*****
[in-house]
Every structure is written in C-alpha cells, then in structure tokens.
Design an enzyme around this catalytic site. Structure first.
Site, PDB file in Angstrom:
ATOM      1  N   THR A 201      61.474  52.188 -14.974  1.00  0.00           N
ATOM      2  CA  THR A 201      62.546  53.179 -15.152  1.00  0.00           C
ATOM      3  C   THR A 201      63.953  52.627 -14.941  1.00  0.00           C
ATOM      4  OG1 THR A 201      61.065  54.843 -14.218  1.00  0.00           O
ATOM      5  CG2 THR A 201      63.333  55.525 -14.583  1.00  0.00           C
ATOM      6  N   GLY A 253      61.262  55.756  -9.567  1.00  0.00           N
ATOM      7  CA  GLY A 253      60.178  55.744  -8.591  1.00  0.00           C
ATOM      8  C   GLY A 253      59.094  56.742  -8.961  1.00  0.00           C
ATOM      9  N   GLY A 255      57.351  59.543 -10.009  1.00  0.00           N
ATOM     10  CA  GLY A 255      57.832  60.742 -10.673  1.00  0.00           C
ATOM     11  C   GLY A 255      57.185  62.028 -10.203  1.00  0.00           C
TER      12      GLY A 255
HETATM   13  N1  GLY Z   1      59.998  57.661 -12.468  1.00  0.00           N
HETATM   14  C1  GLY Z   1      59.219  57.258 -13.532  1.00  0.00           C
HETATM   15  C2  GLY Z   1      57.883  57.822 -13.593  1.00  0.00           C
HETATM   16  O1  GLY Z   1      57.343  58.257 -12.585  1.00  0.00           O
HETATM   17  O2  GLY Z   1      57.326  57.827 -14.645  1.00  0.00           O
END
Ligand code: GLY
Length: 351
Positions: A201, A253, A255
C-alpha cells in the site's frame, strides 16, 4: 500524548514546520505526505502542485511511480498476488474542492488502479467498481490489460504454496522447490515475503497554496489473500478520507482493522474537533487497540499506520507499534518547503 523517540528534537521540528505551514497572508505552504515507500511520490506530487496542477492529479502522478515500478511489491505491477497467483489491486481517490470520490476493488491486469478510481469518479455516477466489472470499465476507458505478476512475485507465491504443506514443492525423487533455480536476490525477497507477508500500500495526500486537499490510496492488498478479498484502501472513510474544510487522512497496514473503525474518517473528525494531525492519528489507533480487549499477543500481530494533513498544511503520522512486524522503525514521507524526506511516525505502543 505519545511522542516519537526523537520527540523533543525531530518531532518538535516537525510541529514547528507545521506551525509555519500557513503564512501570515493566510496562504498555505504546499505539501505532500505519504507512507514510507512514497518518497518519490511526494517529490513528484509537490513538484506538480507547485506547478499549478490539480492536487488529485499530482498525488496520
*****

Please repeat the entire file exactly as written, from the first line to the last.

[in-house]
Every structure is written in C-alpha cells, then in structure tokens.
Design an enzyme around this catalytic site. Structure first.
Site, PDB file in Angstrom:
ATOM      1  N   THR A 201      61.474  52.188 -14.974  1.00  0.00           N
ATOM      2  CA  THR A 201      62.546  53.179 -15.152  1.00  0.00           C
ATOM      3  C   THR A 201      63.953  52.627 -14.941  1.00  0.00           C
ATOM      4  OG1 THR A 201      61.065  54.843 -14.218  1.00  0.00           O
ATOM      5  CG2 THR A 201      63.333  55.525 -14.583  1.00  0.00           C
ATOM      6  N   GLY A 253      61.262  55.756  -9.567  1.00  0.00           N
ATOM      7  CA  GLY A 253      60.178  55.744  -8.591  1.00  0.00           C
ATOM      8  C   GLY A 253      59.094  56.742  -8.961  1.00  0.00           C
ATOM      9  N   GLY A 255      57.351  59.543 -10.009  1.00  0.00           N
ATOM     10  CA  GLY A 255      57.832  60.742 -10.673  1.00  0.00           C
ATOM     11  C   GLY A 255      57.185  62.028 -10.203  1.00  0.00           C
TER      12      GLY A 255
HETATM   13  N1  GLY Z   1      59.998  57.661 -12.468  1.00  0.00           N
HETATM   14  C1  GLY Z   1      59.219  57.258 -13.532  1.00  0.00           C
HETATM   15  C2  GLY Z   1      57.883  57.822 -13.593  1.00  0.00           C
HETATM   16  O1  GLY Z   1      57.343  58.257 -12.585  1.00  0.00           O
HETATM   17  O2  GLY Z   1      57.326  57.827 -14.645  1.00  0.00           O
END
Ligand code: GLY
Length: 351
Positions: A201, A253, A255
C-alpha cells in the site's frame, strides 16, 4: 500524548514546520505526505502542485511511480498476488474542492488502479467498481490489460504454496522447490515475503497554496489473500478520507482493522474537533487497540499506520507499534518547503 523517540528534537521540528505551514497572508505552504515507500511520490506530487496542477492529479502522478515500478511489491505491477497467483489491486481517490470520490476493488491486469478510481469518479455516477466489472470499465476507458505478476512475485507465491504443506514443492525423487533455480536476490525477497507477508500500500495526500486537499490510496492488498478479498484502501472513510474544510487522512497496514473503525474518517473528525494531525492519528489507533480487549499477543500481530494533513498544511503520522512486524522503525514521507524526506511516525505502543 505519545511522542516519537526523537520527540523533543525531530518531532518538535516537525510541529514547528507545521506551525509555519500557513503564512501570515493566510496562504498555505504546499505539501505532500505519504507512507514510507512514497518518497518519490511526494517529490513528484509537490513538484506538480507547485506547478499549478490539480492536487488529485499530482498525488496520